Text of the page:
Autoimmune Encephalitis Alliance

Sandra Stein capturing heart and sole in her Bloom Article

I am in awe of writers… their ability to choose the exact word to bring the emotion or feeling directly to the reader. I am there. I am her. I feel this about Sandra because she is a mom warrior. And not only that, but a mom warrior who is able to share her war stories with grace and poise. Please see her blog post for Bloom, dated Friday October 18th.

Nothing is Permanent

by Sandra Joy Stein

When my son was two years old, he played like most toddlers I’ve known. He built block towers and yelled in frustration when they toppled down. He climbed every structure at our neighborhood park and protested when it was time to leave. He complained when a beloved toy stopped working, broke, or the batteries ran dry. I decided, half-jokingly, that I would try to teach him the Buddhist Law of Impermanence—the notion central to Buddhist teaching that things change and nothing lasts forever. I suggested to my husband and other parents, with a strong dash of humour, that this law would ease our children’s sense of loss or disappointment, which would only intensify as their lives progressed. I do not claim to be a master of Buddhist thought, but it did occur to me that if our children were to know and accept the Law of Impermanence at a young age, it would increase their chances of living happy lives.

When an autoimmune encephalitis rendered my formerly healthy son severely neurologically compromised at two-and-a-half years old, my lighthearted lessons to him became my son’s own profound teachings to me. In two weeks he went from crafting percussion instruments out of anything he could get his hands on to thrashing around in a hospital crib. He went from exclaiming excitedly “Mommy! An upside-down M is a W!” to being non-verbal. He went from riding a two-wheeler with training wheels for miles at a time to being non-ambulatory and tube-fed. We lived in hospitals for 15 months before being discharged to home with near-round-the-clock nursing care, a wheelchair, a supine stander, a bath chair, and a rigorous home-based therapy schedule. Our former lives a distant memory, it was clear: things had changed. …
To continue reading Sandra’s blog for Bloom, please click here. Sandra also wrote an article for the New York Times that we referred to in an earlier post.


Sharing A Story- A Brother’s Homecoming

This post was sent to us by a young man who has a brother diagnosed with Autoimmune Encephalitis.  You can share your story about AE. Please read on for a sibling perspective:

June 10, 2013 marked my brother Sammy’s return from Duke after 8 long months. There were no balloons, parades or red carpet moments, just a quite, simple happiness and of course, a family again. Sammy seemed okay, actually better then I had expected. My last visit to see him in Durham, North Carolina was quite painful for me.  Sam was agitated and impossible, and I felt like I was in the line of fire. And I hated seeing my mother having to be constantly in that situation; I could see the pain she was in, even though she pretended to be okay. I felt bad for my mom, sad for my brother and guilty because I could not wait to leave; it was a horrible combination of feelings.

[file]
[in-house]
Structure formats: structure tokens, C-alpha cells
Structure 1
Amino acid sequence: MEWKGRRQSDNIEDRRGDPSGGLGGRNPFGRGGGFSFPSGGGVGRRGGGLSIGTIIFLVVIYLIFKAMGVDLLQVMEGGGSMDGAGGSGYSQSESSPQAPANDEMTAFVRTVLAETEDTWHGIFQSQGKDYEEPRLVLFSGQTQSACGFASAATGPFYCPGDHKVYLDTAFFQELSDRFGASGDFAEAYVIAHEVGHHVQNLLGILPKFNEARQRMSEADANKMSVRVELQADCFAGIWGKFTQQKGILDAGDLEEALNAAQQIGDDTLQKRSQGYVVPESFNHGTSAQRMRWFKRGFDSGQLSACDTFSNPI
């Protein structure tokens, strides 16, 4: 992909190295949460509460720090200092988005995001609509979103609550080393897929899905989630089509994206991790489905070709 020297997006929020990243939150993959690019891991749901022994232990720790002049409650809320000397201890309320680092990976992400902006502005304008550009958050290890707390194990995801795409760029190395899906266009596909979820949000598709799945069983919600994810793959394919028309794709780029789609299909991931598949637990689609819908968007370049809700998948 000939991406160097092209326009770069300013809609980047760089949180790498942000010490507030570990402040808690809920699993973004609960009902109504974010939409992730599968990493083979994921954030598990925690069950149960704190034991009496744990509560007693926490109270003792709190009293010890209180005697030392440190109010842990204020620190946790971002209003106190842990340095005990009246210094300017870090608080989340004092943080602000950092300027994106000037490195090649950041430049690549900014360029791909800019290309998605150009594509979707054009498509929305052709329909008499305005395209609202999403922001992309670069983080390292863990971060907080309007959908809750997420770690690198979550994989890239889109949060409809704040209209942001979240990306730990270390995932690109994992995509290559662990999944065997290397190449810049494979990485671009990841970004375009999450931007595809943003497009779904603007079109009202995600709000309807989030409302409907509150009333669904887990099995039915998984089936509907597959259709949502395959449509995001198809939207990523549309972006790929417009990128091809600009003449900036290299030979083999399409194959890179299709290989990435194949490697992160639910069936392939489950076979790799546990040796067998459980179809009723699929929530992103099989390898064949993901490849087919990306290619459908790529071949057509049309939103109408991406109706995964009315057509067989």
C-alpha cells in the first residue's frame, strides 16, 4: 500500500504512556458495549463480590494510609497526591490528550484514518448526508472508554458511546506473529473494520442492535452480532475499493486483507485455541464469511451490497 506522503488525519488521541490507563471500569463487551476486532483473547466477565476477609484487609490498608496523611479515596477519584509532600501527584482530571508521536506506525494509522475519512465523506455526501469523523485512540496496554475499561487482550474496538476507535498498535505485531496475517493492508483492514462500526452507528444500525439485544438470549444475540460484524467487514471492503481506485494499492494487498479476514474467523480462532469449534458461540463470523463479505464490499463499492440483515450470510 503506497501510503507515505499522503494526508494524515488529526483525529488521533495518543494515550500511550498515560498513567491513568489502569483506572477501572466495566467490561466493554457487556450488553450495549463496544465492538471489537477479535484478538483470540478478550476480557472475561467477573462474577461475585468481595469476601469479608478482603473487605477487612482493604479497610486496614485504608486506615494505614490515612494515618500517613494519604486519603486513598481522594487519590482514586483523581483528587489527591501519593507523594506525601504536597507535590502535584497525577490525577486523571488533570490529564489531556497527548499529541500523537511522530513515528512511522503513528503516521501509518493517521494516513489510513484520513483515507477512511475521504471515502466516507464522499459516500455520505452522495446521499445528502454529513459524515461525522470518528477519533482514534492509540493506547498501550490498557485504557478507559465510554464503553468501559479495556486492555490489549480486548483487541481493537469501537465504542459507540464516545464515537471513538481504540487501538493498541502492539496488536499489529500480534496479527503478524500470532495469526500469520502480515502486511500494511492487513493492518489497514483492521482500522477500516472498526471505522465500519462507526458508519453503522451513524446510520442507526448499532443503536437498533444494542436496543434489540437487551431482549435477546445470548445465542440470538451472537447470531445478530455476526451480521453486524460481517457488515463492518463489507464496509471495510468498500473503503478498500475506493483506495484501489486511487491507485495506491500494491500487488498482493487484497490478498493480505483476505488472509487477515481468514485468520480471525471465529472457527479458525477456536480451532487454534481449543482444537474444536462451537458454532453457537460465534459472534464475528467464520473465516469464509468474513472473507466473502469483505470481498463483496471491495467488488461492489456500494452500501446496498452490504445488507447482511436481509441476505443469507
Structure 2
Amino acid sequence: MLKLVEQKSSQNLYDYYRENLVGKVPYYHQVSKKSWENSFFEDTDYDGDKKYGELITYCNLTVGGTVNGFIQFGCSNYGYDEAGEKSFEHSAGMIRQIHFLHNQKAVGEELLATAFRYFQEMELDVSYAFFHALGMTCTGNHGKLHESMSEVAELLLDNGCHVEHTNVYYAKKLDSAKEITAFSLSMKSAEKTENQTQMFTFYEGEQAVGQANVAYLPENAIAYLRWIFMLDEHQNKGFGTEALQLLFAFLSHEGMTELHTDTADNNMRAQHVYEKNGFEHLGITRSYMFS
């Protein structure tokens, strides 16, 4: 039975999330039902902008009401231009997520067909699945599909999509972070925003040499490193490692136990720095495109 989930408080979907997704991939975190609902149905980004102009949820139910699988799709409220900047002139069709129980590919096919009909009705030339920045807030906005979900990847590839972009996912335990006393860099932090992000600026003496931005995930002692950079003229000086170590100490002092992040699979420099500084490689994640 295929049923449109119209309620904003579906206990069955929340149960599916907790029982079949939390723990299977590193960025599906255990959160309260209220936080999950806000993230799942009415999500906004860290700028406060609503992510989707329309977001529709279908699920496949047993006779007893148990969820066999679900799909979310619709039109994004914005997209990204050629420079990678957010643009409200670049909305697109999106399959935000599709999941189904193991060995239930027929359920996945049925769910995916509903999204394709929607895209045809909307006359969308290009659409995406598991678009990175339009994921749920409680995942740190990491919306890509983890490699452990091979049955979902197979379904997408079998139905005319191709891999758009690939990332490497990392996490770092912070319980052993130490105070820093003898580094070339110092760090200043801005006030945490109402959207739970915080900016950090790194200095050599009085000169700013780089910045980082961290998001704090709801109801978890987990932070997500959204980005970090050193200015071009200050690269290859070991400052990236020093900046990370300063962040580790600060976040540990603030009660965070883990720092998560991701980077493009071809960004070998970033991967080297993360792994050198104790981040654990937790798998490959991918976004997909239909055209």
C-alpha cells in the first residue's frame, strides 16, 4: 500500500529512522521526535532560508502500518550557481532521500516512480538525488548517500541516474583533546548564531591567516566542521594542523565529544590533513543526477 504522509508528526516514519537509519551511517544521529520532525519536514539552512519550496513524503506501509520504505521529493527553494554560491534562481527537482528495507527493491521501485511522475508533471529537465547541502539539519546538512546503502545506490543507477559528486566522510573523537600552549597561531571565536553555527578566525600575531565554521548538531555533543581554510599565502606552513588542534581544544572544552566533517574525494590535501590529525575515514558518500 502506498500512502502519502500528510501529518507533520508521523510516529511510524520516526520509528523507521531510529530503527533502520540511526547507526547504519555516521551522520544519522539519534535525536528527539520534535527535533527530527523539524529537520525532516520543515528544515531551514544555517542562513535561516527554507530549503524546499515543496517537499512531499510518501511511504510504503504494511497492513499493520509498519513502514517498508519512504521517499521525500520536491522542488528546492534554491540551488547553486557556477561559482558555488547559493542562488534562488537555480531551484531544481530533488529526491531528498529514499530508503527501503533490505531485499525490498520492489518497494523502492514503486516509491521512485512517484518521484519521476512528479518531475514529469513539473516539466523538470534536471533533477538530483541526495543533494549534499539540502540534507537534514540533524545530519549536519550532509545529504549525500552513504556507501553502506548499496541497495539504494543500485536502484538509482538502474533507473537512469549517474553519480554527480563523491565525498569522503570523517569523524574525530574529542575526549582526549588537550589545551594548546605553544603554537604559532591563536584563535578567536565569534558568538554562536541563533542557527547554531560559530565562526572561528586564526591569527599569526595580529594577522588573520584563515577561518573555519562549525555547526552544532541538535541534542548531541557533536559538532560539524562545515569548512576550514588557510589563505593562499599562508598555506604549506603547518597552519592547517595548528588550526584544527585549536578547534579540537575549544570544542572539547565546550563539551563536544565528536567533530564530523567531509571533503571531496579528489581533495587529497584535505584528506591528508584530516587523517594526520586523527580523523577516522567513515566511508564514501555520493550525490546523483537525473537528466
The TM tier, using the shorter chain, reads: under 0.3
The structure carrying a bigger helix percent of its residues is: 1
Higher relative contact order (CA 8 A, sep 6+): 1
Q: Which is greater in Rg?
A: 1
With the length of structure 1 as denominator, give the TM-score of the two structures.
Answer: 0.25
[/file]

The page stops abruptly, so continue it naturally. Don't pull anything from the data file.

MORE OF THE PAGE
Sam was quiet the first week he was home, but not in that lost, flat, lack of awareness kind of way like when he first got sick. It was actually a good quiet, he seemed to be observing, taking everything in and happy at times. Of course, he was no longer the rowdy and annoyingly clever little brother he had once been before his illness, the inflammation in his brain and his downward spiral, but I am slowly accepting that. He is different now, we need to all know that. I also know that my mother, in certain respects “mourns” the loss of the boy he was. She has not ever spoken a word of this to me, but it is written all over her face.

Of course, I walk on egg shells frequently, depending on the type of day Sam is having. I remember all to well his violent outburst, his physical attacks, although somethings are a bit more of a haze. It is hard to imagine that something that has monopolized our lives for the last three years, is at times a fog. My mother calls it a “survival fog”. I tread carefully, but not always happily. I have exploded at times, sobbed uncontrollably and I am still angry.  But angry at who, or angry at what, or who to blame ….I do not know. What I do know is that at 16 years of age, I wanted to be teenage selfish, I needed help, I wanted attention and I was not okay. But I was stuck in an amalgam of guilt, frustration, intellect, compassion, fear and anger, which riddled my body and mind far to often.  I tried to throw myself into my schoolwork, but it threw itself back in my face hard. My A’s turned to C’s, restful sleep a thing of the past, and the ability to concentrate had started to disintegrate. My dad said this too shall pass, it just all took too long, a pace I was not accustomed to. My emotional needs have always been met by my parents often before I even had to verbalize them. I swear, my mom reads minds! I had been spoiled by parental affection, their patience and time, and now I felt alone and scared, I was being shuttled back and forth between grandparents and family friends, my mother was living in Durham, and my father was traveling back and forth in between work.